SRI LANKA: The AHRC protests Sushita R. Fernando’s unfair and biased report published in the Daily Mirror

The AHRC today to the editor of the Daily Mirror newspaper protesting against an unfair and biased report written by Sushita R. Fernando on a well known torture case.  The writer quotes the police officer who attacks human rights organisations for supporting torture victims claiming that it is an obstruction to police officers inquiring into crimes.  The letter is produced below.

The Editor
The Daily Mirror
Wijeya Newspapers Ltd.
#8, Hunupitiya Cross Road, Colombo 2.
Sri Lanka

Fax:+94-011- 5330811, +94-011-2423258.
E-mail :

Dear Sir,

I am writing to protest an unfair and biased article published in today’s Daily Mirror (November 8) written by Susitha R. Fernando who, in reporting of the acquittal of a case knowingly omitted the fact that it has in fact been appealed.

The news item is entitled ‘Officers suffer from NGO-backed offenders’ false accusations.’  The appeal regarding the case mentioned in this matter appeared in the Sunday Times under the title ‘Victim appeals against police officer’s acquittal.’  The Daily Mirror reporter has not got his facts correct even after such a report was published in a sister paper.  The reporter has given parts of the judgment at the Kalutara court and omitted the fact that the High Court judge held that the accused police officer, Sub Inspector Kaluhandi Gervin Premalal Silva, had used unnecessary force on the complainant, Palitha Thissa Kumara and has caused serious injuries as mentioned in the medical report.  The medical report mentioned 32 different injuries which included 43 tramline injuries.  The words in the verdict of the court are as follows:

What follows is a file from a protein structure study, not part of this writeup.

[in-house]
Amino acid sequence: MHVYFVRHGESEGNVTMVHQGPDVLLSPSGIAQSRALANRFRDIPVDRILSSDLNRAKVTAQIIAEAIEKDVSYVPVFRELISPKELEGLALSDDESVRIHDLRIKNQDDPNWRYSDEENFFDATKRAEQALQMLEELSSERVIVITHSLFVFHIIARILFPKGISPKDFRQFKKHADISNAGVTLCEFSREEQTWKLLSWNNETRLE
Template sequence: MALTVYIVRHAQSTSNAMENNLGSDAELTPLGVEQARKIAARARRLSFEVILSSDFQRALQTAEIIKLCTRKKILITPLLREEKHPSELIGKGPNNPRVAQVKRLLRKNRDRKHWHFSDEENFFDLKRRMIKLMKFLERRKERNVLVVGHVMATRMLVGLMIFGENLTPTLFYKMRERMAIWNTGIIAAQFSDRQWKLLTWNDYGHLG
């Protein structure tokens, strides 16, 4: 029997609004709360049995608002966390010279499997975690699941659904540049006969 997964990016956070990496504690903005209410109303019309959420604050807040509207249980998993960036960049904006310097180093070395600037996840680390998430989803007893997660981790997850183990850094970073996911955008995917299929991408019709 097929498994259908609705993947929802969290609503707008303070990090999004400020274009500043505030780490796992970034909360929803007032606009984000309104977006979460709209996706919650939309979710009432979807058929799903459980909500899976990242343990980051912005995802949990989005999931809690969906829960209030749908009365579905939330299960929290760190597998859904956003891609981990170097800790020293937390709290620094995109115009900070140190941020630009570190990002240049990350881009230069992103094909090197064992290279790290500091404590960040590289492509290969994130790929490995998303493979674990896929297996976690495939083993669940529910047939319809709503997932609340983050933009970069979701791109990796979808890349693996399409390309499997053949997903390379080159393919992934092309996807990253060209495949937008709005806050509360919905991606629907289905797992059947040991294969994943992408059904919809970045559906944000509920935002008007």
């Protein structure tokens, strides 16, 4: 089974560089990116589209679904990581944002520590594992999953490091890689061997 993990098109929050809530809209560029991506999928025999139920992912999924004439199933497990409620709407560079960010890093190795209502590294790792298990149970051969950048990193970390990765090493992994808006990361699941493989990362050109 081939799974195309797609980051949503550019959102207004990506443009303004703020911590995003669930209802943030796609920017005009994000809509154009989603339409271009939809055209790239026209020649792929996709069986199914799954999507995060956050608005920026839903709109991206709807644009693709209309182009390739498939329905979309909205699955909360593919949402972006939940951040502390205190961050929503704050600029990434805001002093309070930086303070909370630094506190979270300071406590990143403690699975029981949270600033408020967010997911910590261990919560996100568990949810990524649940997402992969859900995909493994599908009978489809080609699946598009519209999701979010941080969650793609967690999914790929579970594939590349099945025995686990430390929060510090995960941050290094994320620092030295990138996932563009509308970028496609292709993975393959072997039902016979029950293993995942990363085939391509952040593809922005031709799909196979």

‘The position of the defence in this case is that the accused when he went to arrest the complainant for the self defence and the life protection of themselves have assaulted the complainant.  However, when examining the number of injuries that is in the body of this accused [should have been the complainant] a big doubt arises as to the justifiability of the force the accused has used.  Even though it appears that when considering the number of injuries the accused has used some force beyond that which was necessary.’